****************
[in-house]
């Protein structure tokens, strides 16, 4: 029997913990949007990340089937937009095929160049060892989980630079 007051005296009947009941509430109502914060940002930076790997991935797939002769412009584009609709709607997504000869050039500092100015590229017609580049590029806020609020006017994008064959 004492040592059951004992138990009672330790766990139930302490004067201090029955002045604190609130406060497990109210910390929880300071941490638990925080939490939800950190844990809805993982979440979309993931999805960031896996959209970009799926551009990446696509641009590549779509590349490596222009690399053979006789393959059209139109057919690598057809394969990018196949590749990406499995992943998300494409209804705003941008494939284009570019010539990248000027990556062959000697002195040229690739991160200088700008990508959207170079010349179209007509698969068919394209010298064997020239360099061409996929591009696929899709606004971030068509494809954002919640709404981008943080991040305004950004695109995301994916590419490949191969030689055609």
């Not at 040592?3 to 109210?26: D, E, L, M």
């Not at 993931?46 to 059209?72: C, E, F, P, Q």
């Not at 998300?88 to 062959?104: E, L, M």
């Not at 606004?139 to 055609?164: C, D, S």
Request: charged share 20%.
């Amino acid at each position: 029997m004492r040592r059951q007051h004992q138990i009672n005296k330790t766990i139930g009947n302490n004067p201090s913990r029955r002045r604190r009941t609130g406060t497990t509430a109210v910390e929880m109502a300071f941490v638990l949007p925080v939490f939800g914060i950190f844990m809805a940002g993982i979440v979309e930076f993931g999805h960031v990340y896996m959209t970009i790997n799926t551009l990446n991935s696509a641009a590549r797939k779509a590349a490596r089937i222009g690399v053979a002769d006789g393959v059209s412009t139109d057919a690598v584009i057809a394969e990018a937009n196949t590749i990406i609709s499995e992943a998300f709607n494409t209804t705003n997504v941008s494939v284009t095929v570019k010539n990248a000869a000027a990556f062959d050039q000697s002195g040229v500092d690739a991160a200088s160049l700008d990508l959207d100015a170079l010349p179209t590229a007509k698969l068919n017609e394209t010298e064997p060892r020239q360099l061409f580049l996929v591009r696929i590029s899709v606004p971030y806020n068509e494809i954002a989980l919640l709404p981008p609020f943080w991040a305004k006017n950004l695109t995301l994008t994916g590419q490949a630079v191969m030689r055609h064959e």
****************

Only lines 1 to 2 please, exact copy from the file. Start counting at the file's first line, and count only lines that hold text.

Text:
[in-house]
């Protein structure tokens, strides 16, 4: 029997913990949007990340089937937009095929160049060892989980630079 007051005296009947009941509430109502914060940002930076790997991935797939002769412009584009609709709607997504000869050039500092100015590229017609580049590029806020609020006017994008064959 004492040592059951004992138990009672330790766990139930302490004067201090029955002045604190609130406060497990109210910390929880300071941490638990925080939490939800950190844990809805993982979440979309993931999805960031896996959209970009799926551009990446696509641009590549779509590349490596222009690399053979006789393959059209139109057919690598057809394969990018196949590749990406499995992943998300494409209804705003941008494939284009570019010539990248000027990556062959000697002195040229690739991160200088700008990508959207170079010349179209007509698969068919394209010298064997020239360099061409996929591009696929899709606004971030068509494809954002919640709404981008943080991040305004950004695109995301994916590419490949191969030689055609």